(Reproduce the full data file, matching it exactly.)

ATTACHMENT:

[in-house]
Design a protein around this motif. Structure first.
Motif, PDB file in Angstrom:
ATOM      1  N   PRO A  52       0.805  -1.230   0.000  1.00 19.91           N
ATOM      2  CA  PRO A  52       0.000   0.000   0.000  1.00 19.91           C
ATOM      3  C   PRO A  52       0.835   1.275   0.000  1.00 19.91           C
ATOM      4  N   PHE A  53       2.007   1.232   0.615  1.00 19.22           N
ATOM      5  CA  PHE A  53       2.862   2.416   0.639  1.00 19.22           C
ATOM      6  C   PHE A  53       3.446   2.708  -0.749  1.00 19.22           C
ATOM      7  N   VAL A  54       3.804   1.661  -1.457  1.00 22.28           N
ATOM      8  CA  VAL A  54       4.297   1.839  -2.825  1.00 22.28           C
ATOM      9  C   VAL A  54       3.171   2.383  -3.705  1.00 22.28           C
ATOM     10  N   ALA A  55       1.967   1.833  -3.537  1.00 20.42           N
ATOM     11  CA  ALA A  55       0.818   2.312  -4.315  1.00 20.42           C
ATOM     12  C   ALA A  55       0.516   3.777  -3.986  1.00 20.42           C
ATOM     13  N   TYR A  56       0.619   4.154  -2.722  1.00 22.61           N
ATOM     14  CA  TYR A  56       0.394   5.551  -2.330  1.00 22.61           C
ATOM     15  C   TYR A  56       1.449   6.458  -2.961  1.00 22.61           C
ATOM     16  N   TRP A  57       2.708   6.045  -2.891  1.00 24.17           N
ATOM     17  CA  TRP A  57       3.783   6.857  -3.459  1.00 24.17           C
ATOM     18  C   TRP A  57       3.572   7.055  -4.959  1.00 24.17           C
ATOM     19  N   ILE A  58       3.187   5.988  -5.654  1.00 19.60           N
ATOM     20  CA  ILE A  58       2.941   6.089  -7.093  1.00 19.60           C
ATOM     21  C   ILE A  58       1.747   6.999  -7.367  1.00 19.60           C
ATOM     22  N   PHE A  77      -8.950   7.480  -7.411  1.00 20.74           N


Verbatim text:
[in-house]
Design a protein around this motif. Structure first.
Motif, PDB file in Angstrom:
ATOM      1  N   PRO A  52       0.805  -1.230   0.000  1.00 19.91           N
ATOM      2  CA  PRO A  52       0.000   0.000   0.000  1.00 19.91           C
ATOM      3  C   PRO A  52       0.835   1.275   0.000  1.00 19.91           C
ATOM      4  N   PHE A  53       2.007   1.232   0.615  1.00 19.22           N
ATOM      5  CA  PHE A  53       2.862   2.416   0.639  1.00 19.22           C
ATOM      6  C   PHE A  53       3.446   2.708  -0.749  1.00 19.22           C
ATOM      7  N   VAL A  54       3.804   1.661  -1.457  1.00 22.28           N
ATOM      8  CA  VAL A  54       4.297   1.839  -2.825  1.00 22.28           C
ATOM      9  C   VAL A  54       3.171   2.383  -3.705  1.00 22.28           C
ATOM     10  N   ALA A  55       1.967   1.833  -3.537  1.00 20.42           N
ATOM     11  CA  ALA A  55       0.818   2.312  -4.315  1.00 20.42           C
ATOM     12  C   ALA A  55       0.516   3.777  -3.986  1.00 20.42           C
ATOM     13  N   TYR A  56       0.619   4.154  -2.722  1.00 22.61           N
ATOM     14  CA  TYR A  56       0.394   5.551  -2.330  1.00 22.61           C
ATOM     15  C   TYR A  56       1.449   6.458  -2.961  1.00 22.61           C
ATOM     16  N   TRP A  57       2.708   6.045  -2.891  1.00 24.17           N
ATOM     17  CA  TRP A  57       3.783   6.857  -3.459  1.00 24.17           C
ATOM     18  C   TRP A  57       3.572   7.055  -4.959  1.00 24.17           C
ATOM     19  N   ILE A  58       3.187   5.988  -5.654  1.00 19.60           N
ATOM     20  CA  ILE A  58       2.941   6.089  -7.093  1.00 19.60           C
ATOM     21  C   ILE A  58       1.747   6.999  -7.367  1.00 19.60           C
ATOM     22  N   PHE A  77      -8.950   7.480  -7.411  1.00 20.74           N